We examined the sustainability and economic viability of a model integrated livestock-fish-crop farming system developed by the Fisheries Research Centre, Assam Agricultural University, over an extended period of 13 years. The system was developed as an ecologically sustainable alternative technology for small and margin farmers. It incorporates two livestock components, pig and poultry, with horticulture and carp polyculture. Analysis of cash flow and benefit-cost ration revealed the system to be economically sustainable over the long term.

Feed is the most expensive component of an aquaculture enterprise. Successful cultured fish production requires optimisation of feeding practices to ensure the most economically effective growth rates. Reducing feed costs for culture practices can be achieved by taking the advantage of restricted feeding strategies. Under a restricted feeding regime fish convert a greater portion of feed to body weight. Case studies of restricted feeding are presented for several species and the costs savings and other benefits are briefly discussed.

In Nepal, low quality and seasonal access to fish seed is an important restriction on the development of the aquaculture sector. Commercialisation of fish farming cannot progress rapidly in the absence of critical inputs and a regular supply of quality fish seed is an integral requirement for the transition of fish farming from a subsistence activity to a commercial enterprise. Participatory market chain approaches are a key tool for the social and economic improvement of farmers and market participants.

FAO, NACA and the Thai Department of Fisheries convened a Regional Consultation Responsible Production and Use of Feed and Feed Ingredients for Sustainable Growth of Aquaculture in Asia-Pacific in Bangkok, 7-9 March 2017. The objective of the consultation was to review the current status of aquaculture feed production and use, demand and supply, sourcing of ingredients, government policies and institutional support, ongoing progress and development gaps. The meeting brought together government and private sector representatives.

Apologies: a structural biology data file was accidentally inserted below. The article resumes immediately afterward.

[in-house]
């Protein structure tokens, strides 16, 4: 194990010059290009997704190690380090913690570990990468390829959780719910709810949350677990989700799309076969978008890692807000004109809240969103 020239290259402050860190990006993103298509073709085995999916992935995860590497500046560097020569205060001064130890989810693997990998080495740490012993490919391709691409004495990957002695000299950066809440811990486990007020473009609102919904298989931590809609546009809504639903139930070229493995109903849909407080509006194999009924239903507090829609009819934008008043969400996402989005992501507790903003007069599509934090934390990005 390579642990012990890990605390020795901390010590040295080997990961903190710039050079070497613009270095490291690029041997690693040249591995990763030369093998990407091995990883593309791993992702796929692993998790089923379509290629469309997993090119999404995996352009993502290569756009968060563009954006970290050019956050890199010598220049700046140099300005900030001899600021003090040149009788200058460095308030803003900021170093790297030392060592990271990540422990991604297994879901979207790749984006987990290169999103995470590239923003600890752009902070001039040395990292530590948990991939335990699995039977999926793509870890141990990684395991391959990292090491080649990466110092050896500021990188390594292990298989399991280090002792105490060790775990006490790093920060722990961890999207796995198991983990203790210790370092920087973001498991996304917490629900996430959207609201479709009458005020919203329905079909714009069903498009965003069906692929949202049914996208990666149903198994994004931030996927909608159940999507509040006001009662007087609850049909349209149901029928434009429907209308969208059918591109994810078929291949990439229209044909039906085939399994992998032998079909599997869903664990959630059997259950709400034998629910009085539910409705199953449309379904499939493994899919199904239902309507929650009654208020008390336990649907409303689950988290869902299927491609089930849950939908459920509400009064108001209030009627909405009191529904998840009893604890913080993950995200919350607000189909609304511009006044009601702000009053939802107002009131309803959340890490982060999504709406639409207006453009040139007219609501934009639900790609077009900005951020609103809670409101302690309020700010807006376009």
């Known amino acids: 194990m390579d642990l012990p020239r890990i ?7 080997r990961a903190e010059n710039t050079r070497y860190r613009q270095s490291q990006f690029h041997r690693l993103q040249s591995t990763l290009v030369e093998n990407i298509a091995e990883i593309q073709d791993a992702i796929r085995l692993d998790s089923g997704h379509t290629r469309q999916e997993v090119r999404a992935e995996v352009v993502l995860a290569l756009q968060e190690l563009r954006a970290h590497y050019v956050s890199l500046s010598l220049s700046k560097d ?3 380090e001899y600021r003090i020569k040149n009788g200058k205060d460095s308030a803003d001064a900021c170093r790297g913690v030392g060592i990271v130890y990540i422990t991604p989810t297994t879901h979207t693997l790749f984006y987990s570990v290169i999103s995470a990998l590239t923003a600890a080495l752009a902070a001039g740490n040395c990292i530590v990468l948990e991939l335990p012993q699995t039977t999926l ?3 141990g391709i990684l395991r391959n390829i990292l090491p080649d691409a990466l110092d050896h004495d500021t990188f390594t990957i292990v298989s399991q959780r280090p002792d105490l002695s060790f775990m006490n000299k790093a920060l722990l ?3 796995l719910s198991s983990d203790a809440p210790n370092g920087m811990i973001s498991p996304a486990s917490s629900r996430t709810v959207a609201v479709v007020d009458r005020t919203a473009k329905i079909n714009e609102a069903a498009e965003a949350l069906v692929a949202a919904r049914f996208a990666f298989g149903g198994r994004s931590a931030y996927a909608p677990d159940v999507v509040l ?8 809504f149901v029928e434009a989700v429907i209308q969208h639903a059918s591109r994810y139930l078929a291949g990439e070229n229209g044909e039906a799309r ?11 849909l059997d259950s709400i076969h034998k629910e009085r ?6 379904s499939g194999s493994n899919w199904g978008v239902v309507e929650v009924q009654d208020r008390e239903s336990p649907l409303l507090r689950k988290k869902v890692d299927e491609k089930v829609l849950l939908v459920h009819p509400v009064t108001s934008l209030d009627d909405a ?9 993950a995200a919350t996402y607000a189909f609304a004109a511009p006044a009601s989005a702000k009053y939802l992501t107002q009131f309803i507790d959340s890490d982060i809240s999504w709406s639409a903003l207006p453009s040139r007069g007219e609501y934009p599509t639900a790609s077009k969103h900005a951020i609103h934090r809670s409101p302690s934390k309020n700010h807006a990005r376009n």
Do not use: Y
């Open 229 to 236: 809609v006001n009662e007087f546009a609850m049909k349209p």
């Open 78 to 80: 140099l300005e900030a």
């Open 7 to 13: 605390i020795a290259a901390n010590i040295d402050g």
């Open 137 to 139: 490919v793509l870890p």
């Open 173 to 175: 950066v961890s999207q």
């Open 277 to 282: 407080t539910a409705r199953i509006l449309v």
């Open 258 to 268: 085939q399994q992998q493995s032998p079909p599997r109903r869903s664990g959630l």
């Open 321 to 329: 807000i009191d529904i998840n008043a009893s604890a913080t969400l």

The objective of this manual was to provide basic guidelines for the hatchery production of Pa Phia (Labeo chrysophekadion) fingerlings. It includes information on managing and spawning broodstock, genetic guidelines, egg incubation, hatching larviculture and fry rearing. Although the guidelines were specifically developed for production of Pa Phia at government hatcheries in the Lao PDR, they may be applied to other, related, species and could be adopted and commercialised by the private sector hatcheries

This Code of Practice is prepared to promote or ensure compliance to World Trade Organisation-Sanitary and Phytosanitary measures for the movement of live aquatic organisms in the Lower Mekong Basin. The goals of the Code are to achieve environmental protection and management, biodiversity conservation as well as prevention of spread of disease epizootics. Most of the points listed in this Code are based on the inputs of MRC Member Countries.

This publication is the major output of a regional programme jointly implemented by FAO and NACA in 2015 to document and disseminate successful practices that contribute to the sustainable intensification of aquaculture in the Asia-Pacific region. Twelve practices are described that contribute to at least one of the following: Improved production and resource use efficiency (land, water, feed, energy); improved environmental benefits; strengthened economic viability and farmers' resilience; and improved social acceptance and equity.

The workshop was held in Bali, Indonesia from 6 to 8 November 2013. The programme included reports on current aquatic animal disease situations in selected countries and presentations on the national aquatic animal health programmes of China, Japan and Korea. In addition, case studies on the molluscan diseases, shrimp diseases and finfish diseases were presented to facilitate the subsequent discussion on emergency response of those diseases in the national and regional level.

Small aquaculture farm holders are experiencing some drastic changes, the shift from household consumption focused subsistent production to market oriented commercial production and external environment changes such as tightening governance on environment impacts control and resource allocation and increasingly stringent standard for food safety and quality. To adapt to the changes, the small-scale farmers need to intensify, diversify and commercialise production, which requires better management.

Practices and people can be considered as two key ingredients to responsible aquaculture. Practices that are in conformity with national and international standards and requirements, ensure sustainability of the sector, ensure environment protection and integrity, enable social equity and respect ethical values and standards, consider human food safety concerns seriously and people who; are well informed, willing to change and ready to embrace practices for public good.